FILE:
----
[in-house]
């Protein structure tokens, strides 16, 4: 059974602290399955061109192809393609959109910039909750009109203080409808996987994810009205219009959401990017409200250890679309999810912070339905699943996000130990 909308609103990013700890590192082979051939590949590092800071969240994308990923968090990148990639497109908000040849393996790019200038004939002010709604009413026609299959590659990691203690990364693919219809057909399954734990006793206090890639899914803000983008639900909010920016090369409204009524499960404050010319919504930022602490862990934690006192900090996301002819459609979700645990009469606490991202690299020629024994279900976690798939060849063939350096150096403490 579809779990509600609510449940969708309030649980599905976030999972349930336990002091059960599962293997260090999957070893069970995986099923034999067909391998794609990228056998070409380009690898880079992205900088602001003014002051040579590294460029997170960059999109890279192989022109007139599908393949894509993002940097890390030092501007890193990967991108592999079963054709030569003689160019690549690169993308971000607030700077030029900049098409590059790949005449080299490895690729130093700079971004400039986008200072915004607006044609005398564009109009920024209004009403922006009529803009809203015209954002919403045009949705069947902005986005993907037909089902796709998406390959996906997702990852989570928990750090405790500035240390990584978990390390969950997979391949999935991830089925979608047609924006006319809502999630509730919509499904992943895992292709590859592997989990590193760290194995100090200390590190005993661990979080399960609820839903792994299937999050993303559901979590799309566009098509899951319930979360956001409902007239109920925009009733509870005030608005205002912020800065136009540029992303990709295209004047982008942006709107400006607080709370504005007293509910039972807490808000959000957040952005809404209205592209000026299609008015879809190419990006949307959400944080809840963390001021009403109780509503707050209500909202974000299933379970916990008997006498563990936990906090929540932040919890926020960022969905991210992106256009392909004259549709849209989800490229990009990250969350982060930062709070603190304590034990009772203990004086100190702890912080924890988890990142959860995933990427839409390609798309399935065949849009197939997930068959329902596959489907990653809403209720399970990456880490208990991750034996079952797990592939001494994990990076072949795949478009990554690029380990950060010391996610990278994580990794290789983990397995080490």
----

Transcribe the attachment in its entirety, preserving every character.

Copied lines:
[in-house]
């Protein structure tokens, strides 16, 4: 059974602290399955061109192809393609959109910039909750009109203080409808996987994810009205219009959401990017409200250890679309999810912070339905699943996000130990 909308609103990013700890590192082979051939590949590092800071969240994308990923968090990148990639497109908000040849393996790019200038004939002010709604009413026609299959590659990691203690990364693919219809057909399954734990006793206090890639899914803000983008639900909010920016090369409204009524499960404050010319919504930022602490862990934690006192900090996301002819459609979700645990009469606490991202690299020629024994279900976690798939060849063939350096150096403490 579809779990509600609510449940969708309030649980599905976030999972349930336990002091059960599962293997260090999957070893069970995986099923034999067909391998794609990228056998070409380009690898880079992205900088602001003014002051040579590294460029997170960059999109890279192989022109007139599908393949894509993002940097890390030092501007890193990967991108592999079963054709030569003689160019690549690169993308971000607030700077030029900049098409590059790949005449080299490895690729130093700079971004400039986008200072915004607006044609005398564009109009920024209004009403922006009529803009809203015209954002919403045009949705069947902005986005993907037909089902796709998406390959996906997702990852989570928990750090405790500035240390990584978990390390969950997979391949999935991830089925979608047609924006006319809502999630509730919509499904992943895992292709590859592997989990590193760290194995100090200390590190005993661990979080399960609820839903792994299937999050993303559901979590799309566009098509899951319930979360956001409902007239109920925009009733509870005030608005205002912020800065136009540029992303990709295209004047982008942006709107400006607080709370504005007293509910039972807490808000959000957040952005809404209205592209000026299609008015879809190419990006949307959400944080809840963390001021009403109780509503707050209500909202974000299933379970916990008997006498563990936990906090929540932040919890926020960022969905991210992106256009392909004259549709849209989800490229990009990250969350982060930062709070603190304590034990009772203990004086100190702890912080924890988890990142959860995933990427839409390609798309399935065949849009197939997930068959329902596959489907990653809403209720399970990456880490208990991750034996079952797990592939001494994990990076072949795949478009990554690029380990950060010391996610990278994580990794290789983990397995080490």